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Defining an infinitely differentiable fucntion $\phi$ as $$\phi(x) = \left(\frac d2 \right)^{-n} \int_{\mathbb R^n} \psi\left( \frac{y-x}{d/2} \right) \, dy,$$ I need to show that $$|\text{grad} \, \phi(x)| \le \frac kd,$$ where $k$ is constant, provided that $\phi(x)=0$ for $|x| \ge 1$ and $$\int_{\mathbb R^n} \psi(x) \, dx = 1.$$


My first thoughts are to move the gradient $\text{grad}=\nabla$ inside the integral, like this: $$\nabla \phi(x) = \left(\frac d2 \right)^{-n} \int_{\mathbb R^n} \nabla\psi\left( \frac{y-x}{d/2} \right) \, dy$$ Is this a plausible first step? If so, I thought about taking the gradient of $\phi(\frac{y-x}{d/2})$ after that.

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The task seems somewhat ambiguous to me. The way I see it. $$ \int_{\mathbb{R}^n}\psi\left(\frac{y-x}{d/2}\right)dy=\left(\frac{d}{2}\right)^n\int_{\mathbb{R}^n}\psi(y-x)dy,\tag 1 $$ if the function is expanded by the factor of $d/2$ in all of $n$ directions (this is what $y-x\to\frac{y-x}{d/2}$ does), its integral is multiplied by a factor $(d/2)^n$. $$ \int_{\mathbb{R}^n}\psi(y-x)dy=\int_{\mathbb{R}^n}\psi(y)dy, \tag 2 $$ the constant shift by $x$ does not change the integral by the whole $\mathbb{R}^n$.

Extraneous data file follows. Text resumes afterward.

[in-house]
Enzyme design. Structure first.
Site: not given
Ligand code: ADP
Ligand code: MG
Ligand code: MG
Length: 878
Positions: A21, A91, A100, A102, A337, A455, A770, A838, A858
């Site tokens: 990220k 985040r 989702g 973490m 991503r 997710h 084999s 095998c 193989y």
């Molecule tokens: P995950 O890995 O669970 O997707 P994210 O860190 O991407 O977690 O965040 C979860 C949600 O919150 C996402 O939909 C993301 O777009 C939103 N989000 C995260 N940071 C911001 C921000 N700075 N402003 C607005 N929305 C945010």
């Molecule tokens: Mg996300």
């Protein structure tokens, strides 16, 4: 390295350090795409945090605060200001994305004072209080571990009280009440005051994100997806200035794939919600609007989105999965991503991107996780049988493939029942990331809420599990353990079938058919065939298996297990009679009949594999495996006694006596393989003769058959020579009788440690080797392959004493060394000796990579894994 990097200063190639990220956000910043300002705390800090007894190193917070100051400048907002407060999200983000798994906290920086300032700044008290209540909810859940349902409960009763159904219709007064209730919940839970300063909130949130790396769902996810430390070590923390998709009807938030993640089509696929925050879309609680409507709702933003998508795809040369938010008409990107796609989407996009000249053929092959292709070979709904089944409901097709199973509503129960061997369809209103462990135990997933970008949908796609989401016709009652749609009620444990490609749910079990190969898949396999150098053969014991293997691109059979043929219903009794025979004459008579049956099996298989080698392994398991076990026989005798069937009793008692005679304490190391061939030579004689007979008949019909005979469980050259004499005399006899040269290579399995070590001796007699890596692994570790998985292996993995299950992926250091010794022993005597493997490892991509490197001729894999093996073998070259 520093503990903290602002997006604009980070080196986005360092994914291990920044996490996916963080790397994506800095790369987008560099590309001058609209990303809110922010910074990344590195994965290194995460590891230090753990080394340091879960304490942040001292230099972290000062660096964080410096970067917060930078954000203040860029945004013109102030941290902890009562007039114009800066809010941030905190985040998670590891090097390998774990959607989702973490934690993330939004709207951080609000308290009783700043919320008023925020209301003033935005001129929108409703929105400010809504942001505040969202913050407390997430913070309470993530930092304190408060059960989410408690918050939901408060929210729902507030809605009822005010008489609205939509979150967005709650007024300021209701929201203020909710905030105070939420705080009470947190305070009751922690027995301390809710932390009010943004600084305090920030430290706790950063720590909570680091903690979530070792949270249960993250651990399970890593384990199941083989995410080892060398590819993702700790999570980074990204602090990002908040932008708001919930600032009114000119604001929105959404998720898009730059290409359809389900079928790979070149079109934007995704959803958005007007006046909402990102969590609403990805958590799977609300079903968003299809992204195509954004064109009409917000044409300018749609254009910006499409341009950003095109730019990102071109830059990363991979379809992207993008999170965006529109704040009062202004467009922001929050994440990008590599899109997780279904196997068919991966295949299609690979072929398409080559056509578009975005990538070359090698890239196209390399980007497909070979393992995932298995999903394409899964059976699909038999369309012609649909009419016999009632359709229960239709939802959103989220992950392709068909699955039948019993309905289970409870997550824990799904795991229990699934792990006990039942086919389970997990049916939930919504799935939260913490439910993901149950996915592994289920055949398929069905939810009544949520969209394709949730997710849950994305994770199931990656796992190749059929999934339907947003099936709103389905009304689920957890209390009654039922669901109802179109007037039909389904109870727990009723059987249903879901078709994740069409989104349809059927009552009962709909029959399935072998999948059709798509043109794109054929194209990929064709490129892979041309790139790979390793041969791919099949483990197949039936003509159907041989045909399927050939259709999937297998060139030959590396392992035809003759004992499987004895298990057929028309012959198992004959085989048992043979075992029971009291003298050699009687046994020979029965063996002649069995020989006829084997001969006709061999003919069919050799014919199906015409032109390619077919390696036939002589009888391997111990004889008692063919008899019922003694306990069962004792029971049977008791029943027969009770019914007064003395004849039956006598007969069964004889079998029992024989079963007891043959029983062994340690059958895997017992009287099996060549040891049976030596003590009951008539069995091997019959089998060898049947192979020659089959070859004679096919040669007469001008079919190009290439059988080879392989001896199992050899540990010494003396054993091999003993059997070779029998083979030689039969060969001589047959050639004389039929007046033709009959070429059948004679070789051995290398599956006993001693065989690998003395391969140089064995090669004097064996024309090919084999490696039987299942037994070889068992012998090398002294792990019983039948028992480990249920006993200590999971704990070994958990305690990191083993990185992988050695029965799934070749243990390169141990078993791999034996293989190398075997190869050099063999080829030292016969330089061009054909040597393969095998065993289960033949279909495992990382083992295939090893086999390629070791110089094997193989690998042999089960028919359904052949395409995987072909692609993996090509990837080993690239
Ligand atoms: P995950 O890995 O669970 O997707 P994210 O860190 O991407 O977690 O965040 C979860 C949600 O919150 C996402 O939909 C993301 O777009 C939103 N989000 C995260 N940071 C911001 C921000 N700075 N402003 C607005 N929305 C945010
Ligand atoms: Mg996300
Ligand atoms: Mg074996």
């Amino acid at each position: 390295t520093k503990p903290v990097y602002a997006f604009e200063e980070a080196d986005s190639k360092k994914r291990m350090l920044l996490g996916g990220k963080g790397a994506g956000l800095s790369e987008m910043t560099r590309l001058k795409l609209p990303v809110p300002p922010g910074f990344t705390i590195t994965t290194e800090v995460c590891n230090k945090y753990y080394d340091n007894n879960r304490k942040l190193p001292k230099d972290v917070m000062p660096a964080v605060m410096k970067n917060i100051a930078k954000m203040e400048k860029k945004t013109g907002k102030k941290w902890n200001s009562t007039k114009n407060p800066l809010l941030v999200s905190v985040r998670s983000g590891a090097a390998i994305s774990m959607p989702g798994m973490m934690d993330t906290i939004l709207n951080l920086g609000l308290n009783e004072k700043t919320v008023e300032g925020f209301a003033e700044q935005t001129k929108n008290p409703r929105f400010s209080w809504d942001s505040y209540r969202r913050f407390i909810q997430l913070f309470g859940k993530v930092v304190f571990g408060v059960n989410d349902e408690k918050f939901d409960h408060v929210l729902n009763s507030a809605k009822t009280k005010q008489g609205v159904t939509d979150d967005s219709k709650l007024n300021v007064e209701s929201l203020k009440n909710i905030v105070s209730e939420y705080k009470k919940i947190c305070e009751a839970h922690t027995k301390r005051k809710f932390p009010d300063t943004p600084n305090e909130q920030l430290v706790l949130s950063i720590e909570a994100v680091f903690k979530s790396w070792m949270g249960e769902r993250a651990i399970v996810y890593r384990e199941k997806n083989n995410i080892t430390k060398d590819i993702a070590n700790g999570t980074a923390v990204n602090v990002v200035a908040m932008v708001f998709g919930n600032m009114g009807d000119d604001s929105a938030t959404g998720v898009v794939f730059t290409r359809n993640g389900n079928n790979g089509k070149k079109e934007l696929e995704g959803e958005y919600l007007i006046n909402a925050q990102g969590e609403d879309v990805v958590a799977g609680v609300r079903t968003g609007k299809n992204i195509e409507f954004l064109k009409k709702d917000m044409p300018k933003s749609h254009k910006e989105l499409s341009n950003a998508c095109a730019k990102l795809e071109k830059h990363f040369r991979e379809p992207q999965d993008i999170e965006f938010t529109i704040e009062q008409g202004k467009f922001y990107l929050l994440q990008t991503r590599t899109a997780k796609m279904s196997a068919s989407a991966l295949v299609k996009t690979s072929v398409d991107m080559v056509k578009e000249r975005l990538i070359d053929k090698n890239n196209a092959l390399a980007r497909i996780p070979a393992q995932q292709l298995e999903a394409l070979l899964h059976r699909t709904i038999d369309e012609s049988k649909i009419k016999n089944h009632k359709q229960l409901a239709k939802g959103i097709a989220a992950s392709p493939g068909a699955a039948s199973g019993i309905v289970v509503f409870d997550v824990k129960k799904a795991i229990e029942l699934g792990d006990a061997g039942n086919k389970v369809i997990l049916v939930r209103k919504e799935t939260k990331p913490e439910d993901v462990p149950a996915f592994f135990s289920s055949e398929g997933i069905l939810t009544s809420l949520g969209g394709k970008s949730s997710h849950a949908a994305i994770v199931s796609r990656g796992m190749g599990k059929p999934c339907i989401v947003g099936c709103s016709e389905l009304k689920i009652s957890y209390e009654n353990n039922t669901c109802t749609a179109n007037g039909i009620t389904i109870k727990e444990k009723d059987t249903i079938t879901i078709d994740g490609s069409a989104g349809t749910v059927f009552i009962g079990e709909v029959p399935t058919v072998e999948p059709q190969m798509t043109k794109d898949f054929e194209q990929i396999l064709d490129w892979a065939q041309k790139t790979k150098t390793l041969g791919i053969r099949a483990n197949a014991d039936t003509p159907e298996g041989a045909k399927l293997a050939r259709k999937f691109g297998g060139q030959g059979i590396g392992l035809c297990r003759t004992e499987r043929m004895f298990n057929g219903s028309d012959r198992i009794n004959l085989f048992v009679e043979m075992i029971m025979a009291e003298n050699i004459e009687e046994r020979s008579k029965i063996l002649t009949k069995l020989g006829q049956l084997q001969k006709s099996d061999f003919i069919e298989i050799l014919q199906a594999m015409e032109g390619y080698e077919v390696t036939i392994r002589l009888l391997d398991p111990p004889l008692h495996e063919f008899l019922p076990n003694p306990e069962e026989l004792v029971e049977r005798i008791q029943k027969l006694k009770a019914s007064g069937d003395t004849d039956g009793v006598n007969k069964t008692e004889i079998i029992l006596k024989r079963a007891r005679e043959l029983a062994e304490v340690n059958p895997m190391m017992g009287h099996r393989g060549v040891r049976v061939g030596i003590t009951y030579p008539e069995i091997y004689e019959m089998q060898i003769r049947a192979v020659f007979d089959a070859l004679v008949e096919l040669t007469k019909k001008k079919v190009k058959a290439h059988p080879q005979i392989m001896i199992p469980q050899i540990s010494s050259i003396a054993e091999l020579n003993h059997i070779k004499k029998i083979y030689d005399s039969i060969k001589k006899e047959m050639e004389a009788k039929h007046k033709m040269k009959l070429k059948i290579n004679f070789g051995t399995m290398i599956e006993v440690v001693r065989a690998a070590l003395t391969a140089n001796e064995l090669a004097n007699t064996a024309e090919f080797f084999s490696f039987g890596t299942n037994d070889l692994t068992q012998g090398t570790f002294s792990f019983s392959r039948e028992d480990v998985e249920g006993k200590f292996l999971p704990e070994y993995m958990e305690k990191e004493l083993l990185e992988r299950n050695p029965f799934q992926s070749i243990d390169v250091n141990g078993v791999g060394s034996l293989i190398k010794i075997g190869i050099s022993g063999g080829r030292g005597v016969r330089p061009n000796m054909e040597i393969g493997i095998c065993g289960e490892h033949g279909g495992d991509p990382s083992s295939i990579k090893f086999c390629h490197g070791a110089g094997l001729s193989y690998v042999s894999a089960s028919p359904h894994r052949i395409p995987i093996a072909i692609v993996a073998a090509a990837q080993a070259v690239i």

Substituting $(1)$ and $(2)$ to the definition of $\phi(x)$, together with $\int_{\mathbb{R}^n}\psi(y)dy=1$, we get: $$ \phi(x)=\left(\frac{d}{2}\right)^{-n}\int_{\mathbb{R}^n}\psi\left(\frac{y-x}{d/2}\right)dy=\left(\frac{d}{2}\right)^{-n}\left(\frac{d}{2}\right)^n\int_{\mathbb{R}^n}\psi(y-x)dy=\\=\int_{\mathbb{R}^n}\psi(y-x)dy=\int_{\mathbb{R}^n}\psi(y)dy=1. $$ So $\phi(x)=1$ for all $x$; of course, this $\phi(x)$ is infinitely differentiable. If we also add condition $\phi(x)=0$ for $|x|\geq1$, we break infinite differentiability of $\phi(x)$. This is what seems ambiguous to me.

Nevertheless, in the region, where $\phi(x)=1$, $\mathrm{grad}\phi(x)=0$. Of course, $0\leq\frac{k}{d}$, and this is what you need.

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